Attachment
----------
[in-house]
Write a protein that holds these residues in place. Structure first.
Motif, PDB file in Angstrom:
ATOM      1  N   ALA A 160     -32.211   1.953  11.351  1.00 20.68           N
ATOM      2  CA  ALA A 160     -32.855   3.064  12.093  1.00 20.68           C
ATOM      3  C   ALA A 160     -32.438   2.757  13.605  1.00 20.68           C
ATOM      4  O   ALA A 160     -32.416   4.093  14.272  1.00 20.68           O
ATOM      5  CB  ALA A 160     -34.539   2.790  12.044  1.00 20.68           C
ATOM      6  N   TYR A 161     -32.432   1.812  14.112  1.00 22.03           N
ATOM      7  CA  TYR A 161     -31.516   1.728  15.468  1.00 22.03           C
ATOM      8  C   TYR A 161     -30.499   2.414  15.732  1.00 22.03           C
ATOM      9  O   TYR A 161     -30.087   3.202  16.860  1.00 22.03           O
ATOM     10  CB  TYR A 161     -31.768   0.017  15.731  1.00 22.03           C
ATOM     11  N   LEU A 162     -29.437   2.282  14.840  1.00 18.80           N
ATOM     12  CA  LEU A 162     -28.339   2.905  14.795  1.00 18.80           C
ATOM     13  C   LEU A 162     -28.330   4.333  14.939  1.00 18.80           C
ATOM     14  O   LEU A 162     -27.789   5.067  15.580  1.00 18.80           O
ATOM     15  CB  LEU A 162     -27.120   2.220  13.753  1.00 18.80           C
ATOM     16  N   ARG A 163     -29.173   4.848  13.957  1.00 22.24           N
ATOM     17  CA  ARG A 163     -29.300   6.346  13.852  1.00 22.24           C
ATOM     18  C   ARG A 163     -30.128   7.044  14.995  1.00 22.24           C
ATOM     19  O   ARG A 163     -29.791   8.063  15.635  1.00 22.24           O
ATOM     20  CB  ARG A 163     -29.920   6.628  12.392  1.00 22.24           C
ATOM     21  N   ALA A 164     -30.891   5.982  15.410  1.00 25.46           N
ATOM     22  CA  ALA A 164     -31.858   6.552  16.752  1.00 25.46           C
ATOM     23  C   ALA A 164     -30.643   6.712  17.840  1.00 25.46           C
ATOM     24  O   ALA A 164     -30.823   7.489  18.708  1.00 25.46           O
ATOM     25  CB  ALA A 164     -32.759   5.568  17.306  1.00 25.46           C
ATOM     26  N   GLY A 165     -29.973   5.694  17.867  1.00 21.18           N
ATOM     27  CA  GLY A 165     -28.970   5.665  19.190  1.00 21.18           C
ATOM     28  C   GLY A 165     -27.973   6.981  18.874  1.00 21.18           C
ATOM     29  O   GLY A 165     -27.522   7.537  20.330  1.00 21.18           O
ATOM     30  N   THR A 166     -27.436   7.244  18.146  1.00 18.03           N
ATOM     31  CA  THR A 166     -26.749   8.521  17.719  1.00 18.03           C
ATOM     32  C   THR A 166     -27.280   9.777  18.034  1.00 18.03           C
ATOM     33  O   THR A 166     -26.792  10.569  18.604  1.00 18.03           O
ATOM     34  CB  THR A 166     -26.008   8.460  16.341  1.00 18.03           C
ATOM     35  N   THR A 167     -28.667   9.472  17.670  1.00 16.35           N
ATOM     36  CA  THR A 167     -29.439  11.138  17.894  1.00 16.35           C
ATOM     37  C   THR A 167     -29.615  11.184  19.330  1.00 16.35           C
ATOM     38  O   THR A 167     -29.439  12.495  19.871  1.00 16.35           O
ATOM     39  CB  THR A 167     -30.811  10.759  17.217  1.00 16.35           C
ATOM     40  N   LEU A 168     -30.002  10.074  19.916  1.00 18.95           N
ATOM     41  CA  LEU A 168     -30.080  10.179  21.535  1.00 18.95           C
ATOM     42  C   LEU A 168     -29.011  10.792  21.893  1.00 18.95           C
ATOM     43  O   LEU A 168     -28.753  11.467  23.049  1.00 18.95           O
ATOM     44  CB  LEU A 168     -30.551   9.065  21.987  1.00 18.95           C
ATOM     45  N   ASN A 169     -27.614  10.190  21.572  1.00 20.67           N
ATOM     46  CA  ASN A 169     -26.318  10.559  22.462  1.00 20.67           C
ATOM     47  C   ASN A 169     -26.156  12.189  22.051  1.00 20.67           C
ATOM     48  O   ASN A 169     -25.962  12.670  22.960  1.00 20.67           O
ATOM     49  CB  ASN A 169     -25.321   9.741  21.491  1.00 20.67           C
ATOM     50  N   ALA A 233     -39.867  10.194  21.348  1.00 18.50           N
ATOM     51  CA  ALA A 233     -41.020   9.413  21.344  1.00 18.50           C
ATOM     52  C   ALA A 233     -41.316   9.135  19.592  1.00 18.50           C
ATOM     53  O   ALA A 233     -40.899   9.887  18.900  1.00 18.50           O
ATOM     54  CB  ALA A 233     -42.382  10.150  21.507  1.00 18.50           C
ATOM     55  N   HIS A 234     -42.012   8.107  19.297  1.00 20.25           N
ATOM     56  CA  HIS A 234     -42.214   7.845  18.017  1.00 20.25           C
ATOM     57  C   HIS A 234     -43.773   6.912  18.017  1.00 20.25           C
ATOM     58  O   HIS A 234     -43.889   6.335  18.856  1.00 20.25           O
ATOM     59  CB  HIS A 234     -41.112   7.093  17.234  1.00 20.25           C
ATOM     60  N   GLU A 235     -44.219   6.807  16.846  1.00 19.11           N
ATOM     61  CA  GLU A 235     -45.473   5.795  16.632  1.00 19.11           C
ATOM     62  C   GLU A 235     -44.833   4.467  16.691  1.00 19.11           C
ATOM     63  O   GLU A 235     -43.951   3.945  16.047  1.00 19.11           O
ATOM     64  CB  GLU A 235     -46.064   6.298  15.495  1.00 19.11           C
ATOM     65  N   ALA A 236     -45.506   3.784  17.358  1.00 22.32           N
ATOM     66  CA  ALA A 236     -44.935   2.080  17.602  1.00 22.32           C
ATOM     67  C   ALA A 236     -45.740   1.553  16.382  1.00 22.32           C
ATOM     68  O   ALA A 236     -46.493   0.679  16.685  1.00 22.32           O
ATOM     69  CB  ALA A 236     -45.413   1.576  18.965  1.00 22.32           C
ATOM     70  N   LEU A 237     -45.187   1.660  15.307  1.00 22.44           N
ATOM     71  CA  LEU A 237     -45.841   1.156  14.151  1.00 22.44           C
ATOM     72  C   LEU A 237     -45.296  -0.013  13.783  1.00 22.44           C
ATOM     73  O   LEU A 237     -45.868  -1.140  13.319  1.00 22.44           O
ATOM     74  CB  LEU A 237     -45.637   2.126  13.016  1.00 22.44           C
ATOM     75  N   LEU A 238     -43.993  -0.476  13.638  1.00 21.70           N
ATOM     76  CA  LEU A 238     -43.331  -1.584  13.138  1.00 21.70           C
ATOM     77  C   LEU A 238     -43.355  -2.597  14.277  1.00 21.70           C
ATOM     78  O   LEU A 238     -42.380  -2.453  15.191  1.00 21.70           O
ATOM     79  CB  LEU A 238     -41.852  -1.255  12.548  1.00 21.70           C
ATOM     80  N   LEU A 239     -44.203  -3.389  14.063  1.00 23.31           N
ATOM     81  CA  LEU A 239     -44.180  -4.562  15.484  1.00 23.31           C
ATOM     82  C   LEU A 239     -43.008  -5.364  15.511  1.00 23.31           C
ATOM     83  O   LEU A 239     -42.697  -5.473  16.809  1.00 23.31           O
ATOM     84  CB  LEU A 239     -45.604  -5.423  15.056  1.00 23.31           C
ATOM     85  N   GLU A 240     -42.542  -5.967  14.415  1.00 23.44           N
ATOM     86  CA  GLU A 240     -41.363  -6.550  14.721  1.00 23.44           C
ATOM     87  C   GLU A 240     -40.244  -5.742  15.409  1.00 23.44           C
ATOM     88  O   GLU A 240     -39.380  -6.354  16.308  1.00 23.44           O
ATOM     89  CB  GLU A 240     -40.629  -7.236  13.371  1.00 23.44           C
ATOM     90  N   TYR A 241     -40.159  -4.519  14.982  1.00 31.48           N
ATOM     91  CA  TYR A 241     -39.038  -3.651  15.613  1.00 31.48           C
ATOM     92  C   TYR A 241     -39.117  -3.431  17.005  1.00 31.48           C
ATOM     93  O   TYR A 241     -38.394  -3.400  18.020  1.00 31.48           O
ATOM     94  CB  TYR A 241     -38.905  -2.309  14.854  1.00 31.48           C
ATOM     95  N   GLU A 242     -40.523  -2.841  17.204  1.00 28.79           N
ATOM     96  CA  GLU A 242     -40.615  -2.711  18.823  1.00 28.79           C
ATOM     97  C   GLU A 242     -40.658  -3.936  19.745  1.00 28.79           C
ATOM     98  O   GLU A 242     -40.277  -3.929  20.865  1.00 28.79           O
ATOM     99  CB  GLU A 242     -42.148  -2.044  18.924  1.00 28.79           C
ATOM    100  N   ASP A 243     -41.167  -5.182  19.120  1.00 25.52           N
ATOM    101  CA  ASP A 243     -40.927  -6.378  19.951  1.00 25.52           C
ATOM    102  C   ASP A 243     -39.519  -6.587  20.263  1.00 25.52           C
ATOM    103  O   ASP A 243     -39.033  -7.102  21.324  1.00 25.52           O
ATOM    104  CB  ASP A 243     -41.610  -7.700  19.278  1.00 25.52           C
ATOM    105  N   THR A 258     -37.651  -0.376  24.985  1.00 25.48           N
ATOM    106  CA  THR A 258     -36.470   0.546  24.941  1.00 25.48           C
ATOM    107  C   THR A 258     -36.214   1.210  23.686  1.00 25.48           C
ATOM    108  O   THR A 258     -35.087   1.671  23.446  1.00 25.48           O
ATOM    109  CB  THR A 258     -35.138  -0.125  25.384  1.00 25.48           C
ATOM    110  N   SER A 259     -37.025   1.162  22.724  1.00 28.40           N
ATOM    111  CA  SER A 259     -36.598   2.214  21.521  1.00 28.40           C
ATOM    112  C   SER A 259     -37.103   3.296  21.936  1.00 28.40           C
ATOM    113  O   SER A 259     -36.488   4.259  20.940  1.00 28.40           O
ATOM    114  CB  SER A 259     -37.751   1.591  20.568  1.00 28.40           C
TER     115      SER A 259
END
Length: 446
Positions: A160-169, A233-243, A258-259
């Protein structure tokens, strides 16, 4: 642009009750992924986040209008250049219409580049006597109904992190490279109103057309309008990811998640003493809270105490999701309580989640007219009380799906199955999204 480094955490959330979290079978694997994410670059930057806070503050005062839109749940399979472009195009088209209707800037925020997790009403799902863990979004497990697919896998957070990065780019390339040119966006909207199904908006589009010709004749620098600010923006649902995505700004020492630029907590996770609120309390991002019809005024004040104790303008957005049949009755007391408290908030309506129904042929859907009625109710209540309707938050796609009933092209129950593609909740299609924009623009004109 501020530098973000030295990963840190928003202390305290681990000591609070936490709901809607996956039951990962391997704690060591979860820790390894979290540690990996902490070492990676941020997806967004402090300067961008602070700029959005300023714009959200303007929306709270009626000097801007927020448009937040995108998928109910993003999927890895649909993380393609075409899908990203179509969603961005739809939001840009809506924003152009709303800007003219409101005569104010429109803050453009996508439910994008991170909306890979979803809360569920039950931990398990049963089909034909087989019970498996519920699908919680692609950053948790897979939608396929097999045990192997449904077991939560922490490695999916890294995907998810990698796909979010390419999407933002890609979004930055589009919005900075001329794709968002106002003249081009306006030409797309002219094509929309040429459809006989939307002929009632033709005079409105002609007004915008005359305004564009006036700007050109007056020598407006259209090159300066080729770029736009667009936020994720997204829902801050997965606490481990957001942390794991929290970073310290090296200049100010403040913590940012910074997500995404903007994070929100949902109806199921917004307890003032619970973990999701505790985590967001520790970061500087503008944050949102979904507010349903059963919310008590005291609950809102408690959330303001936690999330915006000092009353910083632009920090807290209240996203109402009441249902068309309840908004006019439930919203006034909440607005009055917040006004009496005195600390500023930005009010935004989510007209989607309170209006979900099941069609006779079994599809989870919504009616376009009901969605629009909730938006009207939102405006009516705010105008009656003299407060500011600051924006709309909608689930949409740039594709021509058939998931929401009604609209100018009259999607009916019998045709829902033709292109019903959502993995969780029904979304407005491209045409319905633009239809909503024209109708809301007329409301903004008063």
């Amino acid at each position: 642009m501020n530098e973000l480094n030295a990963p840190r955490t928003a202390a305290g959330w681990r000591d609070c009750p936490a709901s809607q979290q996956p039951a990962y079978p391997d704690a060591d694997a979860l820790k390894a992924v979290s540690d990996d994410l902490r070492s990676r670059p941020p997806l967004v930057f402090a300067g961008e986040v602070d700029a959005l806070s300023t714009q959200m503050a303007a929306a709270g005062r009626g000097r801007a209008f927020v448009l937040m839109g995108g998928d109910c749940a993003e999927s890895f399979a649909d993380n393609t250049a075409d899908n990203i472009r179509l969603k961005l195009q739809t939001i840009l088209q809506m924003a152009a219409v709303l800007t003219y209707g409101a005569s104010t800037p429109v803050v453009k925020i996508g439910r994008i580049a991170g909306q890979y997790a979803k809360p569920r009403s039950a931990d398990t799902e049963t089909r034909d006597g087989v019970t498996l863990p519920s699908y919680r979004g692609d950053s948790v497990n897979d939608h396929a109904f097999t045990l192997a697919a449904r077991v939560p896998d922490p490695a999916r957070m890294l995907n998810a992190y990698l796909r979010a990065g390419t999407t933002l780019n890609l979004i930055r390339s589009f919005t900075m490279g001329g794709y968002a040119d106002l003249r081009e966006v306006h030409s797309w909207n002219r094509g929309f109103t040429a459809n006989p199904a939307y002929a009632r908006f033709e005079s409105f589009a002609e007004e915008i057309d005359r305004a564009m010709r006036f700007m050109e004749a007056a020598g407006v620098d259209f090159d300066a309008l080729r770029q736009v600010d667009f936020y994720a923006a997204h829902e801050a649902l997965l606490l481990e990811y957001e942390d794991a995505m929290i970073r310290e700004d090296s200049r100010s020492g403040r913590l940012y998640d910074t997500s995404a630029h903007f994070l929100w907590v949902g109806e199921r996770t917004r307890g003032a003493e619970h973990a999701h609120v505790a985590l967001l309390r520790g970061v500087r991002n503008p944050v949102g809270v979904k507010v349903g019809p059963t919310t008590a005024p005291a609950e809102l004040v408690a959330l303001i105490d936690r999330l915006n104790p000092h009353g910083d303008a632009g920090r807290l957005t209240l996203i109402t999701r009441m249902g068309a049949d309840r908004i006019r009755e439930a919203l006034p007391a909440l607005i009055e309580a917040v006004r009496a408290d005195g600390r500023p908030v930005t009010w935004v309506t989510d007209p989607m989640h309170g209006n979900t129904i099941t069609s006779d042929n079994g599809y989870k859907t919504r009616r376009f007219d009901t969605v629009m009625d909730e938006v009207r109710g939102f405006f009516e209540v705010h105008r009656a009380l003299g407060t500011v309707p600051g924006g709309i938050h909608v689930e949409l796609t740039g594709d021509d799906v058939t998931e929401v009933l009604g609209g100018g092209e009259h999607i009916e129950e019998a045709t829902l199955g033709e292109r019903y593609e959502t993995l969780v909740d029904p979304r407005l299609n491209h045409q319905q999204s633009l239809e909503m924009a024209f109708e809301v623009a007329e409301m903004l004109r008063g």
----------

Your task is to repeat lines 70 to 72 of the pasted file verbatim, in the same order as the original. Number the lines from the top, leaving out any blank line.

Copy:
ATOM     67  C   ALA A 236     -45.740   1.553  16.382  1.00 22.32           C
ATOM     68  O   ALA A 236     -46.493   0.679  16.685  1.00 22.32           O
ATOM     69  CB  ALA A 236     -45.413   1.576  18.965  1.00 22.32           C